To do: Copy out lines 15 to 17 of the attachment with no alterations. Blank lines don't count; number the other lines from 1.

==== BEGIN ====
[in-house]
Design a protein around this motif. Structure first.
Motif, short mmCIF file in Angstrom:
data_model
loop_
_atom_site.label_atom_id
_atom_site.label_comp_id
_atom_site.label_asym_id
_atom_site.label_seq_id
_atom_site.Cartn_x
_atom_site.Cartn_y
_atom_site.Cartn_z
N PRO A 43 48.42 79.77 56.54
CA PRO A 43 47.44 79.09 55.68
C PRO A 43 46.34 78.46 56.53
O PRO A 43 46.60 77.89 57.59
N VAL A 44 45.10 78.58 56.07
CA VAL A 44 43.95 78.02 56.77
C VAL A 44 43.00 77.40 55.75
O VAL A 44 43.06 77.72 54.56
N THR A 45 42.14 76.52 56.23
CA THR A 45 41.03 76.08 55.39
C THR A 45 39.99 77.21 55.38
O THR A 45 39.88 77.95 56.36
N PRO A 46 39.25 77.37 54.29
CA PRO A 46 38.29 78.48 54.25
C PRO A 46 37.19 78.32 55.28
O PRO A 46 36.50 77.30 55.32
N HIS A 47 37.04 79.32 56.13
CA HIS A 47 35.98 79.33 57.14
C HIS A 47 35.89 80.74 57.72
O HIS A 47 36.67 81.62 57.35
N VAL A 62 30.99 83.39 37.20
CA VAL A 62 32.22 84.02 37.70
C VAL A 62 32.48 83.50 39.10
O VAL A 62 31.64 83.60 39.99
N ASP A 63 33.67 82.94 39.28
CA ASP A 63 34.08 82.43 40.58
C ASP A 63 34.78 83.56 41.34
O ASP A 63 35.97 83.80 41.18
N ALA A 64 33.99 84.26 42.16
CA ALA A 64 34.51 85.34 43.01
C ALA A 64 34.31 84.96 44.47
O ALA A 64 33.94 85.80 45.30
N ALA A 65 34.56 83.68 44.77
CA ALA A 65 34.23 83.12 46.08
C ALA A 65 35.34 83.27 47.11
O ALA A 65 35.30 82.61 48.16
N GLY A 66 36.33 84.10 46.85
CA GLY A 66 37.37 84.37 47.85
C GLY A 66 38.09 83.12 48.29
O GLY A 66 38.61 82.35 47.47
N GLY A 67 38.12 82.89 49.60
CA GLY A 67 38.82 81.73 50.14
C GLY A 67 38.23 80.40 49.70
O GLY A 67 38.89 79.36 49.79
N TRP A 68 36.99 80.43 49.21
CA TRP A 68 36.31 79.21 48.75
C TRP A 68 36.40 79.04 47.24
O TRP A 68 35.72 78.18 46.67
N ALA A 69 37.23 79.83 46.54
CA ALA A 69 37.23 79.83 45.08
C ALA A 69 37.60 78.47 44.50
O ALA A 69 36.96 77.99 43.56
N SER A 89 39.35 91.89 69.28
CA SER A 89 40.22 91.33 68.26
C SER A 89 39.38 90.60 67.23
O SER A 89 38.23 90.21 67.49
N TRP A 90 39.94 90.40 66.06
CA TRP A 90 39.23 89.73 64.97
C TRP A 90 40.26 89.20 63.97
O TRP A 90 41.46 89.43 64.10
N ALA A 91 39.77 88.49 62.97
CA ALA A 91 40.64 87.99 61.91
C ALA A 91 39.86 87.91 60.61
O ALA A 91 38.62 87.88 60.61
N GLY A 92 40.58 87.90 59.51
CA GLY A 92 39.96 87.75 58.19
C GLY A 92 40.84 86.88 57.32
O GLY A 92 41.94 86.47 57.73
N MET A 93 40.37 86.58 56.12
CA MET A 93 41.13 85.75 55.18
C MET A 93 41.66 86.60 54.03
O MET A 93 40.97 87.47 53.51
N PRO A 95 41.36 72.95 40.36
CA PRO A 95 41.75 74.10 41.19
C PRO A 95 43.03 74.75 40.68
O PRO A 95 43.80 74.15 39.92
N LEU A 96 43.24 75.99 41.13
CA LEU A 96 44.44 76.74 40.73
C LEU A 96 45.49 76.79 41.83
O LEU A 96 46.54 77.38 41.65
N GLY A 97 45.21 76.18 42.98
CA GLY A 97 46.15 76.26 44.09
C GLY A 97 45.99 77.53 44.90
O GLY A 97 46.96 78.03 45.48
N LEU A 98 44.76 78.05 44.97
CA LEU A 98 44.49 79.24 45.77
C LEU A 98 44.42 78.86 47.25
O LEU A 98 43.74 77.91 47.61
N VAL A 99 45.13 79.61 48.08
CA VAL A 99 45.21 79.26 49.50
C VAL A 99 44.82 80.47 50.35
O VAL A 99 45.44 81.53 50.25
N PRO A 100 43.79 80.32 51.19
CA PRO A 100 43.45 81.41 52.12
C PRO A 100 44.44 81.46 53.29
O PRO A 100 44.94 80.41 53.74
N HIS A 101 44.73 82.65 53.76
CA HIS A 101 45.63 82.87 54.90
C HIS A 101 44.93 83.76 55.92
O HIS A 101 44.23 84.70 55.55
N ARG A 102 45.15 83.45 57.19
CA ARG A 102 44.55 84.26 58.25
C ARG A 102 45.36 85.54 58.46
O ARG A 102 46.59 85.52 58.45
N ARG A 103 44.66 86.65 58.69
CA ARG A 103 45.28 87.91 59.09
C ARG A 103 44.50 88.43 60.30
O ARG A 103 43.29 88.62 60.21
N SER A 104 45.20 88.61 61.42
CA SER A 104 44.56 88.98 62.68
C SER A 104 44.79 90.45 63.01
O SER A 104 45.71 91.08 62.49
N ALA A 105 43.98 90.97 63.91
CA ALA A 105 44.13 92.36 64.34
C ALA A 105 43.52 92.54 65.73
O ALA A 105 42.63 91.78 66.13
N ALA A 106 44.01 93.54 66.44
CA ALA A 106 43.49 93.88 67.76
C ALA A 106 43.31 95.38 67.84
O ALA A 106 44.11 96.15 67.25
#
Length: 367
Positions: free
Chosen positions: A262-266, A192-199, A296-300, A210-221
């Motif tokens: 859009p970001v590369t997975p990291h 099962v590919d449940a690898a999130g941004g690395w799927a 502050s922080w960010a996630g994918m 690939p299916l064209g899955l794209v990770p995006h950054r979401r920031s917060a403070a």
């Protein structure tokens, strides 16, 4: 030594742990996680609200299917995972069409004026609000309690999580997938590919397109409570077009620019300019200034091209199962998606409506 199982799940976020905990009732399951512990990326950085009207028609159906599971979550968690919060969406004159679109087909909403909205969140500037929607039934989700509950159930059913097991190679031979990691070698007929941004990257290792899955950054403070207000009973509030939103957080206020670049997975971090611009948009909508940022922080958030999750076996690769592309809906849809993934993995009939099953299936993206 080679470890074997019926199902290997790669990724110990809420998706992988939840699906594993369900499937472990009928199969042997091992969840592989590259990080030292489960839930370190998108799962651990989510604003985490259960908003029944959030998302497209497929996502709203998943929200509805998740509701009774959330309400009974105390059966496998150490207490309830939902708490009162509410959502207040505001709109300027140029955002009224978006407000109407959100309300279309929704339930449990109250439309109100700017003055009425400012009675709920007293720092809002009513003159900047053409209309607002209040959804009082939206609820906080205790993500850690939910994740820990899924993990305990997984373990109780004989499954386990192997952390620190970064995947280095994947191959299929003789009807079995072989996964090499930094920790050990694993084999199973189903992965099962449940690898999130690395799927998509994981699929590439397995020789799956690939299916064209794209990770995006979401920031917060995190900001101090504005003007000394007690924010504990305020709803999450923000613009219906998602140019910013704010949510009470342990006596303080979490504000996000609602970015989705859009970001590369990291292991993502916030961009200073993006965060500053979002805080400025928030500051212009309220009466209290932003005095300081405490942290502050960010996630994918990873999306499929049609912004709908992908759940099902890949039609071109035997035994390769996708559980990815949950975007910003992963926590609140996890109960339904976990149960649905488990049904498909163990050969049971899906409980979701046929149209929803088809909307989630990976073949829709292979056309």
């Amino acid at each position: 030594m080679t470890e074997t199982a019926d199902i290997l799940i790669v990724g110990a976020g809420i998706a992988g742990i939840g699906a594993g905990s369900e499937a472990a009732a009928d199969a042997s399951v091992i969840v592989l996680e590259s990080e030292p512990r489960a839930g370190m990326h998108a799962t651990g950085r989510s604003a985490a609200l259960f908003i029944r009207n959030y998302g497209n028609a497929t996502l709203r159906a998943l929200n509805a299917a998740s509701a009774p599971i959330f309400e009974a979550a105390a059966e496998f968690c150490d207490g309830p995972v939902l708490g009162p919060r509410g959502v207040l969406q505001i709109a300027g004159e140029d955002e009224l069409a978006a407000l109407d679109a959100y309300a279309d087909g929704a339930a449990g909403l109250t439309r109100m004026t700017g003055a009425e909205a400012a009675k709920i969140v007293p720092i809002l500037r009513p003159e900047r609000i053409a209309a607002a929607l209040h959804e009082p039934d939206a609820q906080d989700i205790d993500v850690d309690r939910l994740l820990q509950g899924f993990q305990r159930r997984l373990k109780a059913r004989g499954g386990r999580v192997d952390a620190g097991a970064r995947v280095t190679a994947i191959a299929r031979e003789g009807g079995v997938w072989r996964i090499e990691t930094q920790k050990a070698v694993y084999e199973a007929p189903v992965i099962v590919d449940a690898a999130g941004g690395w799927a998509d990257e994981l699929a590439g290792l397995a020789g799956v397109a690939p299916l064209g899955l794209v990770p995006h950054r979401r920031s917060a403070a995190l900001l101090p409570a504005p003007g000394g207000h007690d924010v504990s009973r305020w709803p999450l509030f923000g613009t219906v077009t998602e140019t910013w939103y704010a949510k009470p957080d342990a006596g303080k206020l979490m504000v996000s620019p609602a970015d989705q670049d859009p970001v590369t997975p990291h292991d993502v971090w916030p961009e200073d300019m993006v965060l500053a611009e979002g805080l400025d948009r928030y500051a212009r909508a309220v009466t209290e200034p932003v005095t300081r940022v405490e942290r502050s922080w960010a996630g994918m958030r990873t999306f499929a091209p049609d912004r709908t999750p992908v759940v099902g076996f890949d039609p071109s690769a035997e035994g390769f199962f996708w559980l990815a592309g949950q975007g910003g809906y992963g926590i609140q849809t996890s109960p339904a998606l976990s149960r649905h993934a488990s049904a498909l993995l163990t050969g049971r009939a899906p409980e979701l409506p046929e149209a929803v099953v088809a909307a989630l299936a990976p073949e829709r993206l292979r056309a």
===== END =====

C PRO A 43 46.34 78.46 56.53
O PRO A 43 46.60 77.89 57.59
N VAL A 44 45.10 78.58 56.07